Joseph Campbell’s Theoretical Patterns
“In this essay I will be comparing the movie Avatar with the theoretical initiation pattern of the hero in myth, and Otto Rank and Joseph Campbell’s theoretical patterns for explaining myths. Avatar’s hero, Jake Sully, follows many of the steps in the initiation pattern of a hero. In Avatar, Jake Sully experiences a call to adventure, supernatural aid, crossing of a first threshold, a road of trials, a pull to settle down and have an ordinary life, an ultimate boon, and an apotheosis.
Jake also faces and reaches a greater understanding of death. However, Avatar does not include a refusal to the call of adventure, a return home, and creates a confrontation with a father figure, rather than an atonement. I will describe how these steps occur within the film, and when relevant, provide a comparison to how the initiation pattern of a hero was demonstrated in the Odyssey. As I provide this analysis I will discuss moments in the film in comparison to the pattern of the hero described by Otto Rank and Joseph Campbell. Avatar contains narrative relevant to Otto Rank’s theories surrounding the morality of a hero killing his father, and Joseph Campbell’s theories about the timeline of the hero, that the hero will travel to a distant land, and that he will merge with a maternal goddess and a fierce god.
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Avatar takes place in the future, with our protagonist being Jake Sully, an ex-marine confined to a wheelchair after a spinal injury. He is offered the chance to go to a distant planet, named Pandora, to be a bodyguard for scientists doing research. Because the planet’s atmosphere is poisonous to humans, the scientists design a way to put their consciousness into body grown from a test tube. The body, called an avatar, has been grown from a mix of the DNA from the scientist and from humanoid aliens native to Pandora, called Na’avi.
The bodies look like the Na’avi, who are blue humanoid figures with tails. Jake’s job on Pandora would include using an avatar body and he would be paid a large sum of money. This is Jake’s call to adventure, and he accepts, despite appearing slightly uncomfortable. The hero’s journey begins in way that follows Campbell’s pattern, where the hero “marches forth to a strange, new world, which he has never visited or even known existed” (Segal, 87).
When Jake arrives on Pandora, he learns about the company working there to harvest a valuable mineral called Unobtanium. The humans on the planet are either part of the company, scientists, and marines who have become “hired guns working for the company”.
The Colonel, Quaritch, does not appreciate the scientists’ efforts to promote peace between the humans and the Na’avi; he is only interested in forcing the Na’avi to relocate, because their home is a large tree that rests on the largest site of Unobtanium. Quaritch asks Jake to get him intel on the Na’avi that he can use to force them to move. In exchange, Quaritch will guarantee Jake a surgery that will enable him to walk again in his human body. Jake agrees to help him.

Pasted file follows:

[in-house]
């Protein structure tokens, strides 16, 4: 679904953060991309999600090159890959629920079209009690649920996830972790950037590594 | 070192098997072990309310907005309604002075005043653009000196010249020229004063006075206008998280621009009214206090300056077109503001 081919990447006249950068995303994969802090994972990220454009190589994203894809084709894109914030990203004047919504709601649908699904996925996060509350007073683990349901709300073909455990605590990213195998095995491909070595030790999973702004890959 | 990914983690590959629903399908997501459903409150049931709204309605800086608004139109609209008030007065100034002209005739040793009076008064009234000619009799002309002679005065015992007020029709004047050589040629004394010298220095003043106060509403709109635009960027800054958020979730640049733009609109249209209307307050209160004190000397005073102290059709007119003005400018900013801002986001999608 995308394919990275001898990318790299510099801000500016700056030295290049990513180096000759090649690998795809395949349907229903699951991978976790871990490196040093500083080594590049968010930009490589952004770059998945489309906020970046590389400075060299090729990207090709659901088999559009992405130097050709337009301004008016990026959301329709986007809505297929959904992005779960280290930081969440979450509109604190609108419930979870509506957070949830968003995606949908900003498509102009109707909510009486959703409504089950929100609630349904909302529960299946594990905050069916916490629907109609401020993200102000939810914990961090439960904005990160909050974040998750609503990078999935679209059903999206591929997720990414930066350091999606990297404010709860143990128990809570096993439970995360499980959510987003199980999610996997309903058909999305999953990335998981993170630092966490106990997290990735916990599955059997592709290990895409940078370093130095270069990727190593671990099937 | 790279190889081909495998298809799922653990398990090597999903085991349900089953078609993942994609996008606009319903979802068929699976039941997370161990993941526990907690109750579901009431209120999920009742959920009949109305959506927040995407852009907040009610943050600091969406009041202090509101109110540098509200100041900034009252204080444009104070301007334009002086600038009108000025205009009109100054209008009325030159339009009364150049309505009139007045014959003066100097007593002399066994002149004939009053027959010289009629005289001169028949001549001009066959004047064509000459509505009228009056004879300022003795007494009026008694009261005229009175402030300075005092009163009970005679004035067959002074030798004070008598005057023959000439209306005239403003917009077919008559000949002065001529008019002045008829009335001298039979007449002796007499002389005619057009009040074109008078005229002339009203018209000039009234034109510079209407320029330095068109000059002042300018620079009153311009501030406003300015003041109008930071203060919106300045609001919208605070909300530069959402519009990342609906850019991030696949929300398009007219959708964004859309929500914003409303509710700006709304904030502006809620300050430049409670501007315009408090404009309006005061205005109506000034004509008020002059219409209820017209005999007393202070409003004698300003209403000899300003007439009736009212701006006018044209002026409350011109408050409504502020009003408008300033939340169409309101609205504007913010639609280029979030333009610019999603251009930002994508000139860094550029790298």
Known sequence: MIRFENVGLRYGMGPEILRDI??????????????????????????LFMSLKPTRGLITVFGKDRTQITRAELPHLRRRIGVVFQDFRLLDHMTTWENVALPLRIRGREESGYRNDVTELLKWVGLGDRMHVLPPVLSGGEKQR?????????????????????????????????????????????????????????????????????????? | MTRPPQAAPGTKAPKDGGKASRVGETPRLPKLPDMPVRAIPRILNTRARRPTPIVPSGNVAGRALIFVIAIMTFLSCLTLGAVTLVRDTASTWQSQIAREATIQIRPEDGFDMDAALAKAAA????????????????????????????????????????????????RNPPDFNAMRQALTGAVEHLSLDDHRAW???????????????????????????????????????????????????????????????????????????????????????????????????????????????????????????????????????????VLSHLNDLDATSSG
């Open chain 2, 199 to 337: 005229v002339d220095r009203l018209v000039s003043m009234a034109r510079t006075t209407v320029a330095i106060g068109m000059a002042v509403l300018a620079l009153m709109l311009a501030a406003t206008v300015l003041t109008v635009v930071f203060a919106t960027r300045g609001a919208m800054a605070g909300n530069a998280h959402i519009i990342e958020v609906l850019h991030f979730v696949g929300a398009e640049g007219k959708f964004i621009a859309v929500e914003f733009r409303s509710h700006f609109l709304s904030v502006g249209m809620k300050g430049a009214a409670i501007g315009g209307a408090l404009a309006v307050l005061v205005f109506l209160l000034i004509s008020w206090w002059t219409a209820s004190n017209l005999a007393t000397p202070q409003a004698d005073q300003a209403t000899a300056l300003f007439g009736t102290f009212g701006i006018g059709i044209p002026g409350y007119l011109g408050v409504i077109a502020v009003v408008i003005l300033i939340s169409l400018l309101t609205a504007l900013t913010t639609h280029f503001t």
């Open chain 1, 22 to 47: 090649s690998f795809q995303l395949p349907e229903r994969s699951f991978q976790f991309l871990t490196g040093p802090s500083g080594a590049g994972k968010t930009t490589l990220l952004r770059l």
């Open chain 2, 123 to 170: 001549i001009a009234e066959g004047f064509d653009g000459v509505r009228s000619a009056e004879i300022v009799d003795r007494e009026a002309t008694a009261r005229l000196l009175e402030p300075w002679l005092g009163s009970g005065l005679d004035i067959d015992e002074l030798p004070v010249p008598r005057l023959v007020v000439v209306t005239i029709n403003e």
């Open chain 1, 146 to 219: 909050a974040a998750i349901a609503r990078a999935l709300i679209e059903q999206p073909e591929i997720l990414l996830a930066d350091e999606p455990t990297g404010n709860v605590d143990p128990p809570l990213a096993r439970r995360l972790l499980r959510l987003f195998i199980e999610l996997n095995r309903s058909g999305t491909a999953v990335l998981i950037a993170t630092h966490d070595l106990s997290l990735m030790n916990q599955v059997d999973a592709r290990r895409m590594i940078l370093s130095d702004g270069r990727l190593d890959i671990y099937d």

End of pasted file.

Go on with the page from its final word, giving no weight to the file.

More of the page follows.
Jake enters his avatar body and escorts the scientists into the forest for their research, but ends up getting separated when he has to flee from animals. He is alone at night in the wilderness when a female Na’avi finds him. There is a large amount of hostility between the humans and the Na’avi, so she prepares to shoot him with a poisonous arrow. Then a fluffy white seed lands on the end of her arrow and she freezes. The seed is from a tree sacred to the Na’avi, and she interprets its arrival as a sign from their goddess, Eywa. This is the first instance of supernatural aid that occurs for Jake. Eywa stepping in on Jake’s behalf is similar to how Athena helped Odysseus return home (Homer, The Odyssey, 5.25).
The female Na’avi introduces herself as Neytiri, part of the Omaticaya clan. Neytiri brings Jake to the leaders of the clan, her parents. They consider killing Jake and he begs them to give him a chance to show that he can learn from them and be a better person. The Omaticaya clan decides that Neytiri will try to teach Jake their way of life, so that he can understand them. With this, Jake crosses the first threshold in the heroic journey. He has survived his first night in the wilderness and convinced the Na’avi to let him learn from them.
Jake trains under Neytiri, experiencing a road of trials and tests to become a hero. He describes that his “feet are getting tougher, can run farther every day. I have to trust my body to know what to do”. These are very intense trials, and Jake describes that “with Neytiri it’s learn fast or die”. He is learning the Na’avi language, how to shoot arrows, climb trees, read trails, track and hunt. Neytiri also teaches him about the flow of energy and the spirit of the animals. Jake calls that “tree hugger crap”.
Jake’s trials and training culminate with a final test, where he has to tame and ride a large winged beast called an Ikran. Jake succeeds, which means he only needs a ceremony to make him officially part of the clan. Meanwhile, he has been reporting intel to Quaritch and has informed him about the sacred place of the Na’avi, the Tree of Souls. Quaritch thinks this info could be used to force the Na’avi to move from their Hometree.
Quaritch says that Jake that he has done enough and can return, and get his surgery. I think that this moment functions as a temptation to have an ordinary life and turn away from the path of the hero, similar to how Odysseus was tempted to stay forever with the Lotus Eaters or Circe (Homer, The Odyssey, 9.101, 10.515). In both of those scenarios, Odysseus was offered the chance for a pleasant life, if he could accept not being a hero, and never returning home. Jake resists that temptation and decides that wants to stay longer to complete the process to become part of the clan.
Jake has the ceremony and Neytiri tells him that the Omaticaya say that you are born twice. “The second time is when you earn your place among the people, forever”. This echos the Jungian theories that separate the journey of life into two halves. The first half is everything leading up to establishing independence, which is achieved when one secures a job and a mate. (Segal, 85). If this was a story according to Rank, the journey would end when the second half of life is reached (Segal, 87).
That point would be now, when Jake completes his ceremony and becomes a full fledged clan member, able to choose a mate and take his place among the Na’avi. According to Campbell, the heroic journey would begin now, when the second half starts. Everything leading up to this would be the “youthful heroism to mere preparation for adult heroism” (Segal, 87). This seems to be a reasonable analysis of Avatar as well, because Jake’s true heroics occur after this moment.